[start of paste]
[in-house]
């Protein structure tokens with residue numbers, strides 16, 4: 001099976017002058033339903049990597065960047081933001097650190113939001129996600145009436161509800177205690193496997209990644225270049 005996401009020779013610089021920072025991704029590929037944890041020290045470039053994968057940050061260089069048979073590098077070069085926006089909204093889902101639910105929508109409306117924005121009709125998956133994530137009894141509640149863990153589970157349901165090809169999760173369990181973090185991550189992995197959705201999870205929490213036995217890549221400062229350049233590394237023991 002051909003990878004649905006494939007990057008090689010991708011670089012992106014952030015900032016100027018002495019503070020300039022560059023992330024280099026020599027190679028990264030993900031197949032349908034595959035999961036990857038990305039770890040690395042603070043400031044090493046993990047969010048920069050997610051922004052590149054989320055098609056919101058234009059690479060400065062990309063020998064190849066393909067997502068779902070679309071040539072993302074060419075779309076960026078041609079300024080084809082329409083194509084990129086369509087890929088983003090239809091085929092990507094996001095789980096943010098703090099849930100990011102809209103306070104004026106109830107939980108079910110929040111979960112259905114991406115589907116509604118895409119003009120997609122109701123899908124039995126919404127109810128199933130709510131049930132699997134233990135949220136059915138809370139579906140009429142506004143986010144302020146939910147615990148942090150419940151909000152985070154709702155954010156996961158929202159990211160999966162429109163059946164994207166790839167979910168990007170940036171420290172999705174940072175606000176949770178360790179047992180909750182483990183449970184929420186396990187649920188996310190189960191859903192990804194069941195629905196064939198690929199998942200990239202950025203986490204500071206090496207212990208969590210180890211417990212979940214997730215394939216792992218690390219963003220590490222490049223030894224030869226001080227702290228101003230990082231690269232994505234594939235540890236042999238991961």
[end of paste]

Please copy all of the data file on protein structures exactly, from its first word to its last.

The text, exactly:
[in-house]
């Protein structure tokens with residue numbers, strides 16, 4: 001099976017002058033339903049990597065960047081933001097650190113939001129996600145009436161509800177205690193496997209990644225270049 005996401009020779013610089021920072025991704029590929037944890041020290045470039053994968057940050061260089069048979073590098077070069085926006089909204093889902101639910105929508109409306117924005121009709125998956133994530137009894141509640149863990153589970157349901165090809169999760173369990181973090185991550189992995197959705201999870205929490213036995217890549221400062229350049233590394237023991 002051909003990878004649905006494939007990057008090689010991708011670089012992106014952030015900032016100027018002495019503070020300039022560059023992330024280099026020599027190679028990264030993900031197949032349908034595959035999961036990857038990305039770890040690395042603070043400031044090493046993990047969010048920069050997610051922004052590149054989320055098609056919101058234009059690479060400065062990309063020998064190849066393909067997502068779902070679309071040539072993302074060419075779309076960026078041609079300024080084809082329409083194509084990129086369509087890929088983003090239809091085929092990507094996001095789980096943010098703090099849930100990011102809209103306070104004026106109830107939980108079910110929040111979960112259905114991406115589907116509604118895409119003009120997609122109701123899908124039995126919404127109810128199933130709510131049930132699997134233990135949220136059915138809370139579906140009429142506004143986010144302020146939910147615990148942090150419940151909000152985070154709702155954010156996961158929202159990211160999966162429109163059946164994207166790839167979910168990007170940036171420290172999705174940072175606000176949770178360790179047992180909750182483990183449970184929420186396990187649920188996310190189960191859903192990804194069941195629905196064939198690929199998942200990239202950025203986490204500071206090496207212990208969590210180890211417990212979940214997730215394939216792992218690390219963003220590490222490049223030894224030869226001080227702290228101003230990082231690269232994505234594939235540890236042999238991961």